Sunday, January 27, 2019

A Lost Relic - 47 Prince St

Despite advertisements slathered across its face, the building's former refinement was still evident in the 1920's.  Note the tenant in in the second floor window chatting with a woman on the street.  from the collection of the New-York Historical Society
By the time Mr. Benson moved his family to No. 47 Prince Street, on the northwest corner of Mulberry Street, the house had several tenants.  Built in the late 1820's or early '30's, the Federal-style building may have always had a shop in the ground floor.  While technically two-and-a-half stories tall, the exceptional height of the attic within the gambrel roof made that level nearly a full floor.  Tall dormers on the Prince Street elevation and an arched opening flanked by quarter-round openings on the Mulberry filled the attic floor with daylight.

Mr. Benson had been struggling with a difficult problem in the fall of 1843--three of his children had intestinal worms.  He found the cure, according to an advertisement in The New York Herald on December 19, at Apothecaries' Hall, No. 60 Prince Street just one block away.  The ad claimed "No Room For Doubt--Mr. Benson, 47 Prince street, cured three children with one 18 [cent] box of Kent's Worm Lozenges, after many other medicines had been tried without effect."

The house had originally been built for a merchant class family--possibly the owner of the ground floor shop.  It was 25-feet wide on Prince Street and an ample 80 feet deep on Mulberry.

But by now the neighborhood had noticeably changed.  The tenants were working class, as evidenced by an ad placed by two of them in November 1845. "Wanted--Situations by two Young Women--one as good plain cook, washer and ironer; the other as chambermaid, or nurse and seamstress...Apply at 47 Prince st, first floor, back room."

Over the next decades tenants--many of them women--would continue to struggle to find employment.  In December 1840 one sought a job as "Chambermaid and Seamstress, by a Protestant young Woman, or Chambermaid and to do the fine Washing and Ironing."  Another in March 1852 wrote "A Very Respectable Young Woman Wishes a situation to do chamberwork, and assist in the washing and ironing; she is a good plain sewer, and wishes to make herself useful; will take turns in the kitchen, if required."  And another, in the fall of 1862 marketed herself as "a first rate laundress" and sought "a situation in a hotel or boarding house."

Many of those out-of-work women were struggling Irish immigrants, typical of the changing face of the Prince Street neighborhood.  They eked out their hardscrabble existence in an increasingly rough environment.  That was evidenced on July 16, 1874 when The New York Times reported "Ann McGrath, aged forty-one, of No. 47 Prince street, quarreled yesterday evening with Peter Hughes...when Hughes struck her on the head with a glass causing three severe scalp wounds."  Ann was taken to Bellevue Hospital and her assailant was jailed.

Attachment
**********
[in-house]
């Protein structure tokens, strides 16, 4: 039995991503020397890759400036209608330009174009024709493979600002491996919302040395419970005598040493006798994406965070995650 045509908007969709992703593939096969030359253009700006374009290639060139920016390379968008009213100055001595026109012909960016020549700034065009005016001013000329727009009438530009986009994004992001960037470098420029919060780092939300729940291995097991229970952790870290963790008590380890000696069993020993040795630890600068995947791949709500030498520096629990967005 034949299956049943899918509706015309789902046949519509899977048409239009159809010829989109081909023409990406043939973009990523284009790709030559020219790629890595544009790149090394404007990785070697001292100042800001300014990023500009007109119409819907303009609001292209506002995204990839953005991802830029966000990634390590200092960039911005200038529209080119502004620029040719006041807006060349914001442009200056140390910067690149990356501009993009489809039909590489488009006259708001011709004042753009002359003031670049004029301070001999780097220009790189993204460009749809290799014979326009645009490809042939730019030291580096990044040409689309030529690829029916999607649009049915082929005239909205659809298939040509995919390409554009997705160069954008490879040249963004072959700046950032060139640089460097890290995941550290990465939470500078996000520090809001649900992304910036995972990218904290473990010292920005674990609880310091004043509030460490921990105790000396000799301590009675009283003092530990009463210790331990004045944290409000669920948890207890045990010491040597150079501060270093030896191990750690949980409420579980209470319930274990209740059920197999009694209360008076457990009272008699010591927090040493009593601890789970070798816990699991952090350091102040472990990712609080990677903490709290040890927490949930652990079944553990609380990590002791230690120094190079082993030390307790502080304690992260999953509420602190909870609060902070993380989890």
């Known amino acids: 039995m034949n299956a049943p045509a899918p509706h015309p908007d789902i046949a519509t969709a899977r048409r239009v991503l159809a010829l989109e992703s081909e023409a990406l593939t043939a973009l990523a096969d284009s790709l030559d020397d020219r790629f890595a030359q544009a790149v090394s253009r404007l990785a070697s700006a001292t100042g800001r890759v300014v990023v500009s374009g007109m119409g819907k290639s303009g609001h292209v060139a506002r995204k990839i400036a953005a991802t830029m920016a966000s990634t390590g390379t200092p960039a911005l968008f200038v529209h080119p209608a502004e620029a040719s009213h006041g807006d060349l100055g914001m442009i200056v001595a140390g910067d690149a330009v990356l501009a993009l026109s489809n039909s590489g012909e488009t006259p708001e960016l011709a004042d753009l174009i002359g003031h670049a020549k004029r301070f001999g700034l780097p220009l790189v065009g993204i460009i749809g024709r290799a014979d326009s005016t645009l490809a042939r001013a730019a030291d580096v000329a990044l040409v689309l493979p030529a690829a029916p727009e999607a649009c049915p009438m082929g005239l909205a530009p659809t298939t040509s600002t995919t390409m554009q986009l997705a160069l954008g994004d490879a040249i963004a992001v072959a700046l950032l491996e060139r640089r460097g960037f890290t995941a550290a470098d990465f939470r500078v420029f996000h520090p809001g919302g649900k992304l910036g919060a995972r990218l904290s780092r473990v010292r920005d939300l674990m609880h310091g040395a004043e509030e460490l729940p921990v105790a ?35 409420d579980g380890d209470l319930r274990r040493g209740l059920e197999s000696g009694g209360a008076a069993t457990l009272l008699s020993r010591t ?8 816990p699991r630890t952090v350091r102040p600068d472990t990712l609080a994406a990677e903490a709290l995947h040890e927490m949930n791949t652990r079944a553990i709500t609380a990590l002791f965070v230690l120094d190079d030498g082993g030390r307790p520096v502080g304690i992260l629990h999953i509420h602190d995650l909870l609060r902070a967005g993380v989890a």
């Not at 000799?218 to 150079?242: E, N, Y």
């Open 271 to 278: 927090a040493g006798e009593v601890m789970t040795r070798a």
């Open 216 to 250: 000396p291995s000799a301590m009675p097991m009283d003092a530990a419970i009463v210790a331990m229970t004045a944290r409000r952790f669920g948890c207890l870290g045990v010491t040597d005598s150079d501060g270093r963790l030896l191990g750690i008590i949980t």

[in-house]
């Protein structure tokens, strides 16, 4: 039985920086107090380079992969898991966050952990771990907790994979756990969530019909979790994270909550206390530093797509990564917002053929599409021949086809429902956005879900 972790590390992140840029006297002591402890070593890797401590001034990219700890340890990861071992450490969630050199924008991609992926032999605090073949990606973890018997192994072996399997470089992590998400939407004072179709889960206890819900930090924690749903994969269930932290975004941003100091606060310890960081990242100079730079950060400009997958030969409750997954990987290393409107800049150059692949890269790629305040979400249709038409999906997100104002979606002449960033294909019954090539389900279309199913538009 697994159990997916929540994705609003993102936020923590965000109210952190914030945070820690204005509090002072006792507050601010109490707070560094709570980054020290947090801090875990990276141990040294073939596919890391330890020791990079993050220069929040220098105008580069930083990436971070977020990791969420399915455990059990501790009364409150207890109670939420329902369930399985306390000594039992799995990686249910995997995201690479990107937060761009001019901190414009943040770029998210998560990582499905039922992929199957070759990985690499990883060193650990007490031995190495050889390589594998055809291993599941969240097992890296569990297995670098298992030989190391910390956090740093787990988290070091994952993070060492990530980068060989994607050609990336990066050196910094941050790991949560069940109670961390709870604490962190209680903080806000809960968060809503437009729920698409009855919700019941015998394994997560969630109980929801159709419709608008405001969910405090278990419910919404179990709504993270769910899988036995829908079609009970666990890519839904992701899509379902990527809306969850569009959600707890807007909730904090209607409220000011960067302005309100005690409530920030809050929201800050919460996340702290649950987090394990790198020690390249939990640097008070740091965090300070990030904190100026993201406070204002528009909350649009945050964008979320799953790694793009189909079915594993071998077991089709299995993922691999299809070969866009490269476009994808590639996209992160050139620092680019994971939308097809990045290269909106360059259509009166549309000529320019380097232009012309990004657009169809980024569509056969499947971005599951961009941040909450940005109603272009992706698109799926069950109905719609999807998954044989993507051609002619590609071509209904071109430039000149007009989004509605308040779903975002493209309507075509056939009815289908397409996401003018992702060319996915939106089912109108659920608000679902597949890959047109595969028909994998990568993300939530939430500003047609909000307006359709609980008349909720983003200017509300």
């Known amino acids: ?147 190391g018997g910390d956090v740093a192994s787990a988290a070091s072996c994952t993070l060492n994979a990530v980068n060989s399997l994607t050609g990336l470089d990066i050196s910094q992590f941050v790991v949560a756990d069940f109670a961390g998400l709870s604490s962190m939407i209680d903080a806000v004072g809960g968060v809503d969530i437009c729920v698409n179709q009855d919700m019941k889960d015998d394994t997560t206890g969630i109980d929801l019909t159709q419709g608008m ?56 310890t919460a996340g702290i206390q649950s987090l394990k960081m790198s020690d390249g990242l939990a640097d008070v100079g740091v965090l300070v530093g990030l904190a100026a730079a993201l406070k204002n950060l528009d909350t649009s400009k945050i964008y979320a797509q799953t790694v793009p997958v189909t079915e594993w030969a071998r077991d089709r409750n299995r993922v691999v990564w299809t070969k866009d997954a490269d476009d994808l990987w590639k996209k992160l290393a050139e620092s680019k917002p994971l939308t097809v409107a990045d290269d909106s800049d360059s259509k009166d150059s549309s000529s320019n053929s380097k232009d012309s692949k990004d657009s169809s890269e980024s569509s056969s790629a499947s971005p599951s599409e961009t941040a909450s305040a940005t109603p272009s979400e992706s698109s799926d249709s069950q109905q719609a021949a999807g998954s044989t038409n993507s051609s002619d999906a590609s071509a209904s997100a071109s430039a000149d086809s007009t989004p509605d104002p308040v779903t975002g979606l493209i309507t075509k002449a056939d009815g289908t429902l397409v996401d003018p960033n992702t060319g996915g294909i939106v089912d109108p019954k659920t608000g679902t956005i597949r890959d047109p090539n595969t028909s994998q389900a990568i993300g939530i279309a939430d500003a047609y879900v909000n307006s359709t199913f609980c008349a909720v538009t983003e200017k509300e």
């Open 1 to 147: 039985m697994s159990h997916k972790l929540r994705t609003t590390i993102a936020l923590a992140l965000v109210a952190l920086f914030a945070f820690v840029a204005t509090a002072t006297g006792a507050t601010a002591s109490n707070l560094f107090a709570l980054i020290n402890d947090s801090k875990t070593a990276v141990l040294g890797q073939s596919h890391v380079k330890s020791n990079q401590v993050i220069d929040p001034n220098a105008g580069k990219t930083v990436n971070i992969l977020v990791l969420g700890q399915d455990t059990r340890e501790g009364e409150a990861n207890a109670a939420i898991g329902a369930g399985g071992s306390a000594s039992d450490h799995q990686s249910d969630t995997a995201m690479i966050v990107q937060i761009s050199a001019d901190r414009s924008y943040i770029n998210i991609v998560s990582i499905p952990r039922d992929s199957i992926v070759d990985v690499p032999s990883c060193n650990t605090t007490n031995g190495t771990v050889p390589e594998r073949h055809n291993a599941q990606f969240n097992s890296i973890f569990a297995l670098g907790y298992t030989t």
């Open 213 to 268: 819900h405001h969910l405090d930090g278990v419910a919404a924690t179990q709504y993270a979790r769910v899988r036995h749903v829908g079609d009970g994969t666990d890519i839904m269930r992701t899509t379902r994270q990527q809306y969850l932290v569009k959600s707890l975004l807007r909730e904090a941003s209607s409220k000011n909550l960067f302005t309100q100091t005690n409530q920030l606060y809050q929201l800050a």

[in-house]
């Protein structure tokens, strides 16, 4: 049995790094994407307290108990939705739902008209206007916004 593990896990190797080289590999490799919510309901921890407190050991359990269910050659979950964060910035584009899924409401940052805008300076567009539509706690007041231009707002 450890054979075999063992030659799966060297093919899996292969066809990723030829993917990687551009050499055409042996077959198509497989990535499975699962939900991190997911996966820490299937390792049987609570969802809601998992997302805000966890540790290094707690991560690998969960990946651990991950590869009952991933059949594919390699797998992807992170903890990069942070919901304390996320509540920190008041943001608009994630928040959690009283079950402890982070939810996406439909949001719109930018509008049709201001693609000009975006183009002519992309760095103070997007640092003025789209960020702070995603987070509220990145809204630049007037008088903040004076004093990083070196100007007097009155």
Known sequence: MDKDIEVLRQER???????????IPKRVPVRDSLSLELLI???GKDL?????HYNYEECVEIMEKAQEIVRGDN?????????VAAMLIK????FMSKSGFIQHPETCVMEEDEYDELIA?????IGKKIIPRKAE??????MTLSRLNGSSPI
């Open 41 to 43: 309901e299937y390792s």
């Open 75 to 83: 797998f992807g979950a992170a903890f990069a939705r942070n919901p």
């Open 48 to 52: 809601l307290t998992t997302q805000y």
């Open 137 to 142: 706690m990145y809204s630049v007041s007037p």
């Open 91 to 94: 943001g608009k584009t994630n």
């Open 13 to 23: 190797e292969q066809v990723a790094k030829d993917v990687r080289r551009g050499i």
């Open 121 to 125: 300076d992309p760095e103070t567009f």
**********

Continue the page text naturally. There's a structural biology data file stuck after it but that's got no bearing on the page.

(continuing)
Wealthy New Yorkers escaped the suffocating summer heat at their country homes, or at resorts like Newport.  Impoverished immigrants, on the other hand, suffered the heat at their work and in their rooms.  Each day during the hottest weather newspapers published lists of those who were "prostrated" or had succumbed.  On July 13, 1882 The New York Times added to its list: "William McNeil, a Scotchman, 35 years old, died suddenly at his residence, No. 47 Prince-street, from sun-stroke."

The former store space had been home to Michael Barry's saloon for several years.  Four months before McNeil's passing, Barry had relinquished the lease of the bar to one of McNeil's countrymen, George D. Noremac.

George's real surname was Cameron and he was a celebrity in the rabidly popular walking races; known in Scotland as "King of the Peds."  Early on, in order to stand out among other contestants, he changed his name by simply spelling it backwards.

On March 25, 1882 the New York Clipper noted that Noremac, "the noted young Scotch long-distance pedestrian" had taken the saloon "formerly kept by Michael Barry."  The newspaper felt his name would be beneficial to his new endeavor, saying "his exploits on the pedestrian path should operated to his advantage in business."

Once settled into the new business, Noremac brought his wife, the former Elizabeth Edwards, and their son and daughter from Scotland (they retained the name Cameron).  The family lived above the saloon, renting rooms to immigrant laborer John Ryan, a house painter, and to Noremac's trainer (who doubled as a bartender) George Beattie.

Noremac sponsored his own walking race later that year.  An announcement in the New York Clipper on December 9 read:

George D. Noremac,
47 Prince Street,